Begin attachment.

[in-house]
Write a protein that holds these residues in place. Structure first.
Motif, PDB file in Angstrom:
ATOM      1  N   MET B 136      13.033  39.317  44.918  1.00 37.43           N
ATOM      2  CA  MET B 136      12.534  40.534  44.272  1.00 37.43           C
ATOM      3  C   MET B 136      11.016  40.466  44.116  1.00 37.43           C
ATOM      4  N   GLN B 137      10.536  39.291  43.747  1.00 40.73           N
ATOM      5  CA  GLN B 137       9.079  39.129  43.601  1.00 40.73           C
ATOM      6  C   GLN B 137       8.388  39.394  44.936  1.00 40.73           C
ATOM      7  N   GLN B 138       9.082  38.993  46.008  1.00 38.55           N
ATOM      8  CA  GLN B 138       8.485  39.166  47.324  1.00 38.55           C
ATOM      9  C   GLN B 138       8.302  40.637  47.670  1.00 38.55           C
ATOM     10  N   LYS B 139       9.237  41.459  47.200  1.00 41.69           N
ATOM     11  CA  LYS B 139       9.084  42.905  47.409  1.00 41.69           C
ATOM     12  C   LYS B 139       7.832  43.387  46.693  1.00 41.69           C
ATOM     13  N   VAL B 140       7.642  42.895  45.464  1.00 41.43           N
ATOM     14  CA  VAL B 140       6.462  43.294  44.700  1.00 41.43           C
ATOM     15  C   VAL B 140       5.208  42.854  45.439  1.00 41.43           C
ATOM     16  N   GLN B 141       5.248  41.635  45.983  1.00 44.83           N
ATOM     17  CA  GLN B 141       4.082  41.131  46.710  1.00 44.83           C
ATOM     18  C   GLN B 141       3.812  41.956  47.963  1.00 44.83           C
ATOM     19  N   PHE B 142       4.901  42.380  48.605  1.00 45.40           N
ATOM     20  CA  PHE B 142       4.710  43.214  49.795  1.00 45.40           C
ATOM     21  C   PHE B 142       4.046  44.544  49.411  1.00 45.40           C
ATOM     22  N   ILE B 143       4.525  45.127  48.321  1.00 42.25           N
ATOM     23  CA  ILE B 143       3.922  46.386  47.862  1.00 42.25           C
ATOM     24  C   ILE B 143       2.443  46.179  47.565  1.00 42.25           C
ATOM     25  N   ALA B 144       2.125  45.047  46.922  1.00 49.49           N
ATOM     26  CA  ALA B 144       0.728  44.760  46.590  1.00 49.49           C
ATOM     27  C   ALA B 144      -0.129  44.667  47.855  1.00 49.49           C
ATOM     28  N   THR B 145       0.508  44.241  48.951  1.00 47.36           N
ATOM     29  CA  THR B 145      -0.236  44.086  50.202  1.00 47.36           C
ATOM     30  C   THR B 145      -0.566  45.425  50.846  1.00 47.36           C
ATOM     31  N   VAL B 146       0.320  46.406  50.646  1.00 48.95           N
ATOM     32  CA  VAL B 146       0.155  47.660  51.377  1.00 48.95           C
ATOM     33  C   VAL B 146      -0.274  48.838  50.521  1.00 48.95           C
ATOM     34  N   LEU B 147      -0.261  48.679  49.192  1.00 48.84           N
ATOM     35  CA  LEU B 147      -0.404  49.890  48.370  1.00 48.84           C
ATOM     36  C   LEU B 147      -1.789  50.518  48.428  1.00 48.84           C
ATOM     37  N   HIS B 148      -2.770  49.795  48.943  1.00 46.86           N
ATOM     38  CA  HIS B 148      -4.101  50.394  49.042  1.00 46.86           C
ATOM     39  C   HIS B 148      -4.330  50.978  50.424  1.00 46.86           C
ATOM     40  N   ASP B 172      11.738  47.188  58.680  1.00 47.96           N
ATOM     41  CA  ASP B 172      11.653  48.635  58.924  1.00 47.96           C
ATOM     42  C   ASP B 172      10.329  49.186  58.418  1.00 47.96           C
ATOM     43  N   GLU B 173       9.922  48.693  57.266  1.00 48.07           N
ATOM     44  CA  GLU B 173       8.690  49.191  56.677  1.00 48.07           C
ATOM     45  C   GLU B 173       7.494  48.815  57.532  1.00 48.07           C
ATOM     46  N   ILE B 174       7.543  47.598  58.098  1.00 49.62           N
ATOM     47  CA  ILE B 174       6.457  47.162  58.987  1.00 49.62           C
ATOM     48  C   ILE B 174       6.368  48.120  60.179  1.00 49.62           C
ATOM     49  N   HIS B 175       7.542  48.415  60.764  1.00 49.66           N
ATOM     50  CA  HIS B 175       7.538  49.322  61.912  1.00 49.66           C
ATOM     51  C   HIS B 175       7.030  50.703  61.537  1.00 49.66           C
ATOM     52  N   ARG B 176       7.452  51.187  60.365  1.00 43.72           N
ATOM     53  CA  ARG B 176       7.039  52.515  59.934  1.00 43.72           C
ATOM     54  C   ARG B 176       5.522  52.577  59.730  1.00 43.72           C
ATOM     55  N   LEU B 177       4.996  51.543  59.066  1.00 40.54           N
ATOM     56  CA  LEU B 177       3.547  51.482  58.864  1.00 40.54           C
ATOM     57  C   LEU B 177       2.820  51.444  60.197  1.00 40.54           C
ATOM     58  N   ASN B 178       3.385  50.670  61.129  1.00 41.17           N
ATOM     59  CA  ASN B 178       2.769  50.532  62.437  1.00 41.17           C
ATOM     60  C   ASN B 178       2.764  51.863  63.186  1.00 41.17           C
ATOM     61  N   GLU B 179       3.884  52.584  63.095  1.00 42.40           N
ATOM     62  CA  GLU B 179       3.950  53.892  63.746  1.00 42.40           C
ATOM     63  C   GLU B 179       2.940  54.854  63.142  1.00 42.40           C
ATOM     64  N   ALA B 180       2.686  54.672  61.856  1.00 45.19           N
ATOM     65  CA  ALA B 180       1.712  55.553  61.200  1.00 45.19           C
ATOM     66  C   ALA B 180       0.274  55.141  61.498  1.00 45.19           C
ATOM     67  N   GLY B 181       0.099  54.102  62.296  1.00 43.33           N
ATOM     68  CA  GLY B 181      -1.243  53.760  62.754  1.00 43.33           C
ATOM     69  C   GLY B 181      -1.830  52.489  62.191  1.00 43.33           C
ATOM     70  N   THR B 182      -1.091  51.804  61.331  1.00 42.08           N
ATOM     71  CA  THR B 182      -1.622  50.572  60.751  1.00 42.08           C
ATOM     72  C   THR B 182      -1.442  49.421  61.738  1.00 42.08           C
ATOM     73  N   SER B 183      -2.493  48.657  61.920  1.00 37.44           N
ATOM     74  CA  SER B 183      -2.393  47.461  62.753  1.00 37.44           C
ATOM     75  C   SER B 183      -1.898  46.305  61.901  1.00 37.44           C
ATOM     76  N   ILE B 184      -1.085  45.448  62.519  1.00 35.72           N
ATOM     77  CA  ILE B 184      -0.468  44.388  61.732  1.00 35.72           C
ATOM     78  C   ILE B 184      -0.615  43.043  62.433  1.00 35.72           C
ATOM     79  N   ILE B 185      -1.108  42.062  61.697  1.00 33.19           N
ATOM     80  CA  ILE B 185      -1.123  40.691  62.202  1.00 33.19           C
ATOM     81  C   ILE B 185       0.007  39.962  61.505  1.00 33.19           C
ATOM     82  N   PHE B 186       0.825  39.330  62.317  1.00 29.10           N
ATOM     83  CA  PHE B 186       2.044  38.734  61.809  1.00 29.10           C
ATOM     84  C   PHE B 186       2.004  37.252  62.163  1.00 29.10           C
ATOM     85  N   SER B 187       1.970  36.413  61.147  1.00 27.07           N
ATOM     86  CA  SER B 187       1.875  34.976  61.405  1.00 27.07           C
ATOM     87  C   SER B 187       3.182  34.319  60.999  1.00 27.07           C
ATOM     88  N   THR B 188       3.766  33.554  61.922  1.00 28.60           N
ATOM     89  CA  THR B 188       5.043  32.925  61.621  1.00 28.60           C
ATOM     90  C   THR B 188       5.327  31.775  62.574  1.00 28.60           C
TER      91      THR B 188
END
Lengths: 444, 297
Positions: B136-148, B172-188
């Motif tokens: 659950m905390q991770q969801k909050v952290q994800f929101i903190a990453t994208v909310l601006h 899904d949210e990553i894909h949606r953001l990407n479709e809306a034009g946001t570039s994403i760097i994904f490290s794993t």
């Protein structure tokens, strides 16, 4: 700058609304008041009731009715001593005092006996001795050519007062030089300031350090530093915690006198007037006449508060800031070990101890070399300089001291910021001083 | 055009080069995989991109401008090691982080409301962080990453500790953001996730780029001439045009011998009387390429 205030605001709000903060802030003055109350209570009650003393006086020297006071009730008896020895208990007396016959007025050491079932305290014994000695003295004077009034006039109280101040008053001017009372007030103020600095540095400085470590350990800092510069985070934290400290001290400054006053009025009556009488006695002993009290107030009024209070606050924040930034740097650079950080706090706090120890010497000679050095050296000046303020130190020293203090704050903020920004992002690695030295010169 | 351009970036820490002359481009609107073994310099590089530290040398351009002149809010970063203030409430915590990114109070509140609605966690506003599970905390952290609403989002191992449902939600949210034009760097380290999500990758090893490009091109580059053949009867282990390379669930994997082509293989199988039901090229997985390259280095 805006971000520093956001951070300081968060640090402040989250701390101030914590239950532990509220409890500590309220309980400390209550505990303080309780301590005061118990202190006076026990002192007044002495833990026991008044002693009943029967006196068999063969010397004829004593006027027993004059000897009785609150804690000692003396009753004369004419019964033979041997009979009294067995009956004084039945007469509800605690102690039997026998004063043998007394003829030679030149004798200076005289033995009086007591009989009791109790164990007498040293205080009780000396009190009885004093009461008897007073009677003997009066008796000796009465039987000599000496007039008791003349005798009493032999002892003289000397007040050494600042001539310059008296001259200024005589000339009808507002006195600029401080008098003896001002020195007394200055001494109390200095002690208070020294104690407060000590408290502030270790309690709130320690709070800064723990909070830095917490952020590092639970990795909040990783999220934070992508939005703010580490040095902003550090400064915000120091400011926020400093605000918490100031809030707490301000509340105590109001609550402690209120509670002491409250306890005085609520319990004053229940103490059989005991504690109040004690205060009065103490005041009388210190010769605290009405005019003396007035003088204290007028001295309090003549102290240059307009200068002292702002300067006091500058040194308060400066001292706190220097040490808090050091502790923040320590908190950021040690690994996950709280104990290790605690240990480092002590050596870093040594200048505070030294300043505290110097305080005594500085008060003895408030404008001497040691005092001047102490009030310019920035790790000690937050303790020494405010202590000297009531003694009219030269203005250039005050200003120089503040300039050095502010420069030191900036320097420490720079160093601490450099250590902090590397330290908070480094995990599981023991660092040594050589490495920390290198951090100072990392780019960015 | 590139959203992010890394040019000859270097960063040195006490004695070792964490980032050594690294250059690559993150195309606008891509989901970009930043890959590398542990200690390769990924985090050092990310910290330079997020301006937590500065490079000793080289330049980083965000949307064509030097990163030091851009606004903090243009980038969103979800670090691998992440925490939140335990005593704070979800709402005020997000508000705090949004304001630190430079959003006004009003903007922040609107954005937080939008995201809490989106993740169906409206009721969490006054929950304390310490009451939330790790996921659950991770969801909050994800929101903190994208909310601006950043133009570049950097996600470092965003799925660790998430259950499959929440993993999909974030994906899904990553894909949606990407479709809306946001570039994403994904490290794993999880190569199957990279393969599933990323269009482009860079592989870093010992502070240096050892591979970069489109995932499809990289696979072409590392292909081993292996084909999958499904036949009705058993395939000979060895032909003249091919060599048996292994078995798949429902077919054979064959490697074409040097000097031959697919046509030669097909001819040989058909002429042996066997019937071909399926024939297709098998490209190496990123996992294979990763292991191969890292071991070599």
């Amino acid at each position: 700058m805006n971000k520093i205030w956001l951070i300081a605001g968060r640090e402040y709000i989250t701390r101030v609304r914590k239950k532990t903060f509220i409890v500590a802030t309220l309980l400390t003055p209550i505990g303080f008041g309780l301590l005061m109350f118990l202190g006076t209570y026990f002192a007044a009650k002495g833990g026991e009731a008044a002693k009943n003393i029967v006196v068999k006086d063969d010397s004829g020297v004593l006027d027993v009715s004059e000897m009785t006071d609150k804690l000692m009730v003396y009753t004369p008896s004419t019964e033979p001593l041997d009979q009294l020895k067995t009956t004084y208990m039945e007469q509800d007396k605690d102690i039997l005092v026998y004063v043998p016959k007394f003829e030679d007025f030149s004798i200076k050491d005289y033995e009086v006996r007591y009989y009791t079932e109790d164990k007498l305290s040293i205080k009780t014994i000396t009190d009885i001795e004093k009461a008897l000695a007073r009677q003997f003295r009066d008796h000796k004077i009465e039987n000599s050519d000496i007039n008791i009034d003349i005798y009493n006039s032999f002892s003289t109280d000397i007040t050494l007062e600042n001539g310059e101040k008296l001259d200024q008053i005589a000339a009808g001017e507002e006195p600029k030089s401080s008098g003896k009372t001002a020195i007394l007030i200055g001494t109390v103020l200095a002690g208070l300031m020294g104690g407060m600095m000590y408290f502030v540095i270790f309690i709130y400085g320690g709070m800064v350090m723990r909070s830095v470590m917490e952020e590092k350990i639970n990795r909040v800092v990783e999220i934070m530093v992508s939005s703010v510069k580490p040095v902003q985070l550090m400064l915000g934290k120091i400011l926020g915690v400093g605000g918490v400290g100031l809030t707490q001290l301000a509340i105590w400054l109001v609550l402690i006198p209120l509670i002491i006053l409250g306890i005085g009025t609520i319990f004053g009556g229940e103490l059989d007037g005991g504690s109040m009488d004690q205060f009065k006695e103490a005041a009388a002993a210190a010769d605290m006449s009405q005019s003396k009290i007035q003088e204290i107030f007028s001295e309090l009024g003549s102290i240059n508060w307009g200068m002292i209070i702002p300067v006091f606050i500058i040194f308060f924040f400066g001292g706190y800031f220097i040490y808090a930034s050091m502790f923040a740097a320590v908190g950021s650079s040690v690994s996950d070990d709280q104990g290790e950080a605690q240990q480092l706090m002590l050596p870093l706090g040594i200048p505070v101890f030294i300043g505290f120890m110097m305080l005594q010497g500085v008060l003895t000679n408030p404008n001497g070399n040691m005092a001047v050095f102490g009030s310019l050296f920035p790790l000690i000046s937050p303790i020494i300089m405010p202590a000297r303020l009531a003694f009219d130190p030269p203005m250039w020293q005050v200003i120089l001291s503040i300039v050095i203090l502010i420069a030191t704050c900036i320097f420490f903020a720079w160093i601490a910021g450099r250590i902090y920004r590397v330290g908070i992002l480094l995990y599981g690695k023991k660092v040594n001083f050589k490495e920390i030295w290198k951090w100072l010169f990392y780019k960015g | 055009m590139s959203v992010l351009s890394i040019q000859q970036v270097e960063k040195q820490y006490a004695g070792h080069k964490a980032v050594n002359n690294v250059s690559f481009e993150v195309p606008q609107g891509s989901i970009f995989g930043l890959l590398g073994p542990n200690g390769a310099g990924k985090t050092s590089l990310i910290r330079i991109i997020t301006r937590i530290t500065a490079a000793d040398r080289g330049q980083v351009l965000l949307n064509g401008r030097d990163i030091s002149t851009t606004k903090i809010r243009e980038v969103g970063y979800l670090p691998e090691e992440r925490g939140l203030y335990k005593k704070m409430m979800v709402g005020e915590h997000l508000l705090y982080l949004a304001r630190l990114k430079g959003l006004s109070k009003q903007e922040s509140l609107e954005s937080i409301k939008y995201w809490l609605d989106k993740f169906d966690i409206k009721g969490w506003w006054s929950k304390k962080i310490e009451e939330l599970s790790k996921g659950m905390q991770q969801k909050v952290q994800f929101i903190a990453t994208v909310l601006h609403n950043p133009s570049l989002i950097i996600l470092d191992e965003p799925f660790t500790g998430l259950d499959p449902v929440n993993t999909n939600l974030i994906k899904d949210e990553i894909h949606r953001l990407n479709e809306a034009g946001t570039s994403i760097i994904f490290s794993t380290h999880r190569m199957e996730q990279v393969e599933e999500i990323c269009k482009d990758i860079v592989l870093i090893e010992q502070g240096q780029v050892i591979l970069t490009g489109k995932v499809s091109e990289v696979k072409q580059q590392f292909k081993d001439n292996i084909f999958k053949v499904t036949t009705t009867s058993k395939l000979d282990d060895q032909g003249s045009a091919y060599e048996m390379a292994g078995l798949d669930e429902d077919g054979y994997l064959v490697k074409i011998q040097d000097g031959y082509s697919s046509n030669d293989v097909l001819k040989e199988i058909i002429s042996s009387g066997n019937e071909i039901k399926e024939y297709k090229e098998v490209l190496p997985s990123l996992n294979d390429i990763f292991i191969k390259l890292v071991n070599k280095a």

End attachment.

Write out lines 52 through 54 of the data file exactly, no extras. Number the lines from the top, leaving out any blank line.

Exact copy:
ATOM     49  N   HIS B 175       7.542  48.415  60.764  1.00 49.66           N
ATOM     50  CA  HIS B 175       7.538  49.322  61.912  1.00 49.66           C
ATOM     51  C   HIS B 175       7.030  50.703  61.537  1.00 49.66           C